Wednesday, May 23, 2012

Counterpoint: Is It Really So Bad?

Article by Luke Lohr

Tuesday's US Open Cup matches brought with them a fantastic set of talking points. Eric Wynalda's Cal FC advancing, the Carolina Railhawks to host the LA Galaxy and the Ventura County Fusion defeating the LA Blues all take deserved headlines.

However there is one issue that seems to be ranking above all others among fans. The host-bid process that is seeing several Major League Soccer teams who would have traveled to Division 2 or lower venues negotiate their way to hosting the match. The uproar is understood to some degree as many are saying that they feel the USSF and US Soccer are being unfair to the fans of smaller clubs. Before you get too far into the discussion, Josh Hakala offers us a bit of information on the bidding process.

The fan outcry by so many could just be a vocal minority or it could be that the majority truly feel that way, however at present it is unknown and is perhaps unimportant. What is important is the discussion that comes from it.

While so many are quick to condemn certain MLS teams for bidding their way into hosting matches at their home sites, it is this writers opinion that the benefits in many ways outweigh concerns. It was debated over twitter with some passionate fans of the game that the romance of the tournament is lost if lower division clubs who advance are unable to host larger, more prestigious ones. Perhaps that is so, but let us remember that this bid process offers plenty of benefits to smaller clubs.

The financial benefits to the smaller clubs offer a calculable amount that they can put to immediate good use as oppose to the incalculable benefit that exposure and marketing might bring. Few MLS teams have the pedigree to provide an instant boost in attendance in the smaller markets that most lower division teams represent.

Consider a team like the Portland Timbers, who have a fantastic home support and a dedicated fanbase. Should the Timbers have traveled to hypothetical opponents in Wilmington North Carolina (where they would have played the Hammerheads if not for Cal FC's victory), would they really have provided much stimulus for the Wilmington soccer area? Unlikely. Lacking national team stars or international names that the casual fans recognize, it would have likely been a dull media blip. It has been reported that should the Hammerheads have won, there was a deal in place that would have seen them trade their hosting rights for financial compensation. That is a good thing.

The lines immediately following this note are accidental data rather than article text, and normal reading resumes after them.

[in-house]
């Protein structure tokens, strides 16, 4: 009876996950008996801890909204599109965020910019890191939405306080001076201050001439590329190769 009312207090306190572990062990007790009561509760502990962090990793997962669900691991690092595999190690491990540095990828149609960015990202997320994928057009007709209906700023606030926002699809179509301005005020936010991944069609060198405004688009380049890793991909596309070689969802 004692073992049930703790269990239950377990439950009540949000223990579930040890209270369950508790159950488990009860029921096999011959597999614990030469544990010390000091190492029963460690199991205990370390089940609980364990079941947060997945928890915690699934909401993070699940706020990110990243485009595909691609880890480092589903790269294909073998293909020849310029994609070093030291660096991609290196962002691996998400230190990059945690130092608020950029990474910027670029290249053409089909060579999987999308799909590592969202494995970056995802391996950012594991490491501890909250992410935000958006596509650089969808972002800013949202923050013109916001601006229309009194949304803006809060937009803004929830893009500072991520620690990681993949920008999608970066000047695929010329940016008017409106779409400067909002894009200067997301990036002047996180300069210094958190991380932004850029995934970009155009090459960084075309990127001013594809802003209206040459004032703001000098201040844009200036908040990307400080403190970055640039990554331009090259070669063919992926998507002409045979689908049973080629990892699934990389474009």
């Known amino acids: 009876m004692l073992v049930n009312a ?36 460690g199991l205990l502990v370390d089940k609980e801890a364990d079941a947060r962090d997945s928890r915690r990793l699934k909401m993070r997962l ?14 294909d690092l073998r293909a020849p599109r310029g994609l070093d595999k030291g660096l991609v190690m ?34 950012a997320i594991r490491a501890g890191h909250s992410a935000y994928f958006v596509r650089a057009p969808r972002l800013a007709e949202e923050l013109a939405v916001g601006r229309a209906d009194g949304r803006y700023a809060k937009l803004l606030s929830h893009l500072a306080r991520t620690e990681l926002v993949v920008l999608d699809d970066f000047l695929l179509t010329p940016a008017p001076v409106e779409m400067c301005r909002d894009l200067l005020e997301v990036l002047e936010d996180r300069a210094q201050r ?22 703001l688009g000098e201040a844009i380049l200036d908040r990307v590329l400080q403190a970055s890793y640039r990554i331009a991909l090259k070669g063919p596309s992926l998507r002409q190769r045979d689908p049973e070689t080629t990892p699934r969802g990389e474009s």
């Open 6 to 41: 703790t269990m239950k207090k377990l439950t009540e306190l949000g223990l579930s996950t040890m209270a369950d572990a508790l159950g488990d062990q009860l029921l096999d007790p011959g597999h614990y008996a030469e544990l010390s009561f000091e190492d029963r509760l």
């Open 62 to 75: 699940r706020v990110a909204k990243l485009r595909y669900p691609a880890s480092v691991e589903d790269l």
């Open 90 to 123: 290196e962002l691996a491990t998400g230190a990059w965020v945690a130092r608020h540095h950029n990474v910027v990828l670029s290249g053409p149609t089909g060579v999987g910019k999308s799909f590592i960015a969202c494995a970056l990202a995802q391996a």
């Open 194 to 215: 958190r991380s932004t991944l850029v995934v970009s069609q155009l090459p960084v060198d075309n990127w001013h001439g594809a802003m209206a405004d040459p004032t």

Teams like the Timbers or Seattle enjoy a dose of fan support and dollar backing because of that support. By purchasing hosting rights from the lower division teams, they not only compensate their opponents for travel but also provide those smaller clubs with money that could be used in any number of ways. Player wages, facilities, marketing to grow the brand... a lump sum with which the club can finance any number of things.

Those MLS teams who bid to host matches, Seattle, RSL and if it had worked out, Portland, will all enjoy a powerful showing of support for their club and the tournament. More dollars put into the tournament is a good thing as it struggles to find the audience its 99 year history deserves.

Sounders FC vs Kitsap Pumas in 2011 at StarFire

Let us not forget that these lower division teams have just as much a chance of winning the actual soccer match, regardless of who hosts it.

Furthermore, the fact that Major League Soccer clubs are willing to pony up the money to host these matches, lends credence to the fact that the tournament is rising in importance. MLS front offices are beginning to realize the value in the Open Cup, lending it prestige. The nearly century old tournament not only offers a chance to claim silverware (and the moniker of Champion) but also up for grabs is a birth in the CONCACAF Champion's League, which is fast approaching relevance north of Mexico.

In the end, while a vocal minority may not enjoy the idea that their team misses out on hosting an MLS squad, they should take comfort in the fact that their club is being compensated and the benefits of that compensation have yet to be seen. Furthermore, they can still advance... away games are not a death sentence.

Accusations of the bid process being unfair may have some evidence to their claim, but in the big picture, it's a fruitless effort. The bid process is far from perfect, but in 2012 it has given the tournament in Lamar Hunt's name more attention than it has had in many years. That is a good thing.


  1. "Let us not forget that these lower division teams have just as much a chance of winning the actual soccer match, regardless of who hosts it."

    How do you figure? Most teams have much better home records than away records. That's the main argument agains the bid process, in my mind. It allows teams like Seattle to buy home field advantage throughout the tournament. I'm glad these clubs care enough to host the matches, but I'd much rather have fair system where smaller clubs get their share of home matches.

  2. Rediculous! You can't buy home field advantage and call it fair.